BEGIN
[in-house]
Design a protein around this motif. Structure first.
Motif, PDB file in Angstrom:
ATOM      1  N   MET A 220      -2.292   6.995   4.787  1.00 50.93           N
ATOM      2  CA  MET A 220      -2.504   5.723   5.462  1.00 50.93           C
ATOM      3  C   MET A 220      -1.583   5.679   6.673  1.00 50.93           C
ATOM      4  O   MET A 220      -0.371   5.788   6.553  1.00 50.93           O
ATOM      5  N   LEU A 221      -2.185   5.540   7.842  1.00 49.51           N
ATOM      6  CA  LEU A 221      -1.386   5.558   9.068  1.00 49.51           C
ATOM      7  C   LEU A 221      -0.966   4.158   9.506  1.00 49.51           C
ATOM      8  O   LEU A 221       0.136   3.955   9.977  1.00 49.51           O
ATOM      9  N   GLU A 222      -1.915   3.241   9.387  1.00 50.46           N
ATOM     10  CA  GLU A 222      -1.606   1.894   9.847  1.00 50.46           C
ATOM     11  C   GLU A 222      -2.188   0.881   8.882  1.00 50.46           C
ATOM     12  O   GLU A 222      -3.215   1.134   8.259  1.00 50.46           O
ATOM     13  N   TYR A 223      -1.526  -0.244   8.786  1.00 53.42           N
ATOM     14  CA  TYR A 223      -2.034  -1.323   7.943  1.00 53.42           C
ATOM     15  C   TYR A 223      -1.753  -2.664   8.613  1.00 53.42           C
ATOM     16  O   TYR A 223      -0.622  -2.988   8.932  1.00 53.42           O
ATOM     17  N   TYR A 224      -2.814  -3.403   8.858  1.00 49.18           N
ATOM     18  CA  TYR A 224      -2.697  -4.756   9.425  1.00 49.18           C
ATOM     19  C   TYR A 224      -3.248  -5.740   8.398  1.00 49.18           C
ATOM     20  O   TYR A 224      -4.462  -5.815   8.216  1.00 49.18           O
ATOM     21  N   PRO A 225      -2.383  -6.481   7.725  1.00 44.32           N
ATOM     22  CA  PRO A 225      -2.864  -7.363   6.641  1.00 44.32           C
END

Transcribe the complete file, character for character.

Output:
[in-house]
Design a protein around this motif. Structure first.
Motif, PDB file in Angstrom:
ATOM      1  N   MET A 220      -2.292   6.995   4.787  1.00 50.93           N
ATOM      2  CA  MET A 220      -2.504   5.723   5.462  1.00 50.93           C
ATOM      3  C   MET A 220      -1.583   5.679   6.673  1.00 50.93           C
ATOM      4  O   MET A 220      -0.371   5.788   6.553  1.00 50.93           O
ATOM      5  N   LEU A 221      -2.185   5.540   7.842  1.00 49.51           N
ATOM      6  CA  LEU A 221      -1.386   5.558   9.068  1.00 49.51           C
ATOM      7  C   LEU A 221      -0.966   4.158   9.506  1.00 49.51           C
ATOM      8  O   LEU A 221       0.136   3.955   9.977  1.00 49.51           O
ATOM      9  N   GLU A 222      -1.915   3.241   9.387  1.00 50.46           N
ATOM     10  CA  GLU A 222      -1.606   1.894   9.847  1.00 50.46           C
ATOM     11  C   GLU A 222      -2.188   0.881   8.882  1.00 50.46           C
ATOM     12  O   GLU A 222      -3.215   1.134   8.259  1.00 50.46           O
ATOM     13  N   TYR A 223      -1.526  -0.244   8.786  1.00 53.42           N
ATOM     14  CA  TYR A 223      -2.034  -1.323   7.943  1.00 53.42           C
ATOM     15  C   TYR A 223      -1.753  -2.664   8.613  1.00 53.42           C
ATOM     16  O   TYR A 223      -0.622  -2.988   8.932  1.00 53.42           O
ATOM     17  N   TYR A 224      -2.814  -3.403   8.858  1.00 49.18           N
ATOM     18  CA  TYR A 224      -2.697  -4.756   9.425  1.00 49.18           C
ATOM     19  C   TYR A 224      -3.248  -5.740   8.398  1.00 49.18           C
ATOM     20  O   TYR A 224      -4.462  -5.815   8.216  1.00 49.18           O
ATOM     21  N   PRO A 225      -2.383  -6.481   7.725  1.00 44.32           N
ATOM     22  CA  PRO A 225      -2.864  -7.363   6.641  1.00 44.32           C